Starting with the thick end of a piece of willow he threaded it in and out between 4 or 5 uprights, Once that was secure he raised up the thinner in to carry on that in and out weave (raising the tip of the thinner end really makes the weaving easier).
In the picture in the bottom left you can clearly see that raised thin end being woven in and out of the uprights. He stopped the weave when he judged that part was too thin (the excess would be trimmed off later).
Once one piece was finished it was a case of repeating the process with a new piece of willow but from the next upright along. You can see in the picture in the bottom right below these staggered start points. Frase ensured that the ends stuck out proud so that they would not slip off the first upright while weaving. These would be trimmed down later.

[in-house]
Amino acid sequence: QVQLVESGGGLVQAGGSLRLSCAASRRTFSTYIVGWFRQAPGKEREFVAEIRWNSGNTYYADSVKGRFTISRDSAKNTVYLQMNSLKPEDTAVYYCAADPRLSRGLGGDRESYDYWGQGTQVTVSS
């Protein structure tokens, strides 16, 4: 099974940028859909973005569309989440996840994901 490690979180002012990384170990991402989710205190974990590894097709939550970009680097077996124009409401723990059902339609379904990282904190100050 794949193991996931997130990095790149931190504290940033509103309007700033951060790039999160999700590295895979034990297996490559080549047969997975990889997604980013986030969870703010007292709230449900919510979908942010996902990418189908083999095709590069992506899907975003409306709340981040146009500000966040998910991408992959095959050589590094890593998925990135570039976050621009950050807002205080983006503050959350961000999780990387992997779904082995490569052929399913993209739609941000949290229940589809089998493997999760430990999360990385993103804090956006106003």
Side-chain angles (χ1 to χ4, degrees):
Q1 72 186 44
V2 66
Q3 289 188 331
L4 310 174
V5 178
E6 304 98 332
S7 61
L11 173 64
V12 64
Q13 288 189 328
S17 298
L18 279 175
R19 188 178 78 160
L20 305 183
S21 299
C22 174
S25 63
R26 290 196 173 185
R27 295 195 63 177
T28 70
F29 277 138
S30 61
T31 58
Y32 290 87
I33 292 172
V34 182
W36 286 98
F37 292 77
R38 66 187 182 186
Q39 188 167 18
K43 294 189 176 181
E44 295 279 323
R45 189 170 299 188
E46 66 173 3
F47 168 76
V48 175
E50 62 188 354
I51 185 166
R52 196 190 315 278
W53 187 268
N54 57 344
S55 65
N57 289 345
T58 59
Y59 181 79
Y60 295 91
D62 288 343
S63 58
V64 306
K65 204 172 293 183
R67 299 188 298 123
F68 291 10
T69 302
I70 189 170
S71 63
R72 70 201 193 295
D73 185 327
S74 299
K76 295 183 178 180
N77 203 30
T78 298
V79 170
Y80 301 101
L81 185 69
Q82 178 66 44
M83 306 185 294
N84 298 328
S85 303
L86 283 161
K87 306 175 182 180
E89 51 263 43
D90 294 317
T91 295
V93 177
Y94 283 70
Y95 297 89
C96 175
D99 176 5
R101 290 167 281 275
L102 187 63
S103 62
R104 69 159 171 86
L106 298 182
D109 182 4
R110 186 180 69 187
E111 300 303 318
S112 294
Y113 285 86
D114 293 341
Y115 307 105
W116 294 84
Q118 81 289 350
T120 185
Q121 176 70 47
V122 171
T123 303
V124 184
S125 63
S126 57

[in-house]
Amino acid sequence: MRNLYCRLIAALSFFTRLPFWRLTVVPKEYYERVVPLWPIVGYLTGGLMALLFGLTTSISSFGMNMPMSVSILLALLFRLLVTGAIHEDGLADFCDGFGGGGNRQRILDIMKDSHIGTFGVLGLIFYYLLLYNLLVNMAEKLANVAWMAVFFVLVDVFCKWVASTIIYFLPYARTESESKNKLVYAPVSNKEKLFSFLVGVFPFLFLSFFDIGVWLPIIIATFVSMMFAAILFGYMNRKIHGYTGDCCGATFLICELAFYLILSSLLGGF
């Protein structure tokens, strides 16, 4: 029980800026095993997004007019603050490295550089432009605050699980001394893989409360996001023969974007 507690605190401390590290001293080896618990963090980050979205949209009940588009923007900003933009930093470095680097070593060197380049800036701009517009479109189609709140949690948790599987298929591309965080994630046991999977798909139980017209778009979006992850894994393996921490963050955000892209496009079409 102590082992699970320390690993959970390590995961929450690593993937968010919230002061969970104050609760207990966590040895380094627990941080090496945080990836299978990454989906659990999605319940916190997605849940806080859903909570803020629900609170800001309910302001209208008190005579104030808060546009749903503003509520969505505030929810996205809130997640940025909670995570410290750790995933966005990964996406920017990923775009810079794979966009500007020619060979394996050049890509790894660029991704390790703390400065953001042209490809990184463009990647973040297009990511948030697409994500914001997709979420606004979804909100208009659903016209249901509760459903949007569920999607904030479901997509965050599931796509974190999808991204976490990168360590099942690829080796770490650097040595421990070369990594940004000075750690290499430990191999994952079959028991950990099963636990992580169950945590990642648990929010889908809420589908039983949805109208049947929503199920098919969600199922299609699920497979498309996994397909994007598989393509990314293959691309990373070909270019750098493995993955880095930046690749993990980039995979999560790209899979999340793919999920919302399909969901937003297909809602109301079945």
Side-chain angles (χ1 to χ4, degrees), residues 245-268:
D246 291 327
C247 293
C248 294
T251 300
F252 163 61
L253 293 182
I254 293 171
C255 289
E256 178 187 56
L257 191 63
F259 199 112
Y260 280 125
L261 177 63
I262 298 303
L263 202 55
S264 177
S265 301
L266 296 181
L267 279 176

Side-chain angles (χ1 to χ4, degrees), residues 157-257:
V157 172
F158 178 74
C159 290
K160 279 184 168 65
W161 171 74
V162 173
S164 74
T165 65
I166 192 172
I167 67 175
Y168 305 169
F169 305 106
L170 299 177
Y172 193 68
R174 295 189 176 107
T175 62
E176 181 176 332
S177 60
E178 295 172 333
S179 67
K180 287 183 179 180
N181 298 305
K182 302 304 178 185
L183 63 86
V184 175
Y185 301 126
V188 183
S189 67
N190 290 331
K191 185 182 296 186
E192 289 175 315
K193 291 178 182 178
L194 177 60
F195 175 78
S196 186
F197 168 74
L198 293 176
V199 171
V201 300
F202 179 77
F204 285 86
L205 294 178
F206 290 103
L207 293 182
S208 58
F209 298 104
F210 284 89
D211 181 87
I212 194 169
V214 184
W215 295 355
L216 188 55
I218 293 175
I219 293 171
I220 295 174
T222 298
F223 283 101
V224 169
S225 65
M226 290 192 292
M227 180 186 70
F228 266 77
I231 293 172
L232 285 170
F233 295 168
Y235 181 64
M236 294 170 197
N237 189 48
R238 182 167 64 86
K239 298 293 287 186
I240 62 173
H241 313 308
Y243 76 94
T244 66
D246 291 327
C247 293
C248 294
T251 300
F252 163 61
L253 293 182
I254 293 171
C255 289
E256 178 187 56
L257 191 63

Step 3 – Wrapping the Top with willow
Over time the trap started to develop (a height of 50 or 60 cm’s) and the string at the top was replaced with willow. I have put the steps for you below. The thick end was slid through the middle of the uprights then wrapped tightly around the uprights for about ten turns, through the uprights again, a couple more turns and back through once more to finish.
Step 4 – Closing the Gap
Finishing the top section can be quite difficult as you have less room to push the willow in and out of the uprights. Make the willow as pliable as possible and experiment with smaller thinner pieces and with starting with the thin end and threading through the thicker end.
Depending on what you are hoping to catch will decide how much of a gap to leave but ideally the gap should only be a couple of centimetres.
Step 5 – Locking off the Opening
When the top has been finished pull the trap out of the ground slowly and it is time to lock off the uprights around the opening.
Take one upright and bend it over in front of the one directly to its right but behind the 2nd one on the right. Repeat the process with the upright on the right and so on. Before long you will be left with just one upright standing vertically. Twist it back and forth and you can thread it easily through the laid uprights to its right.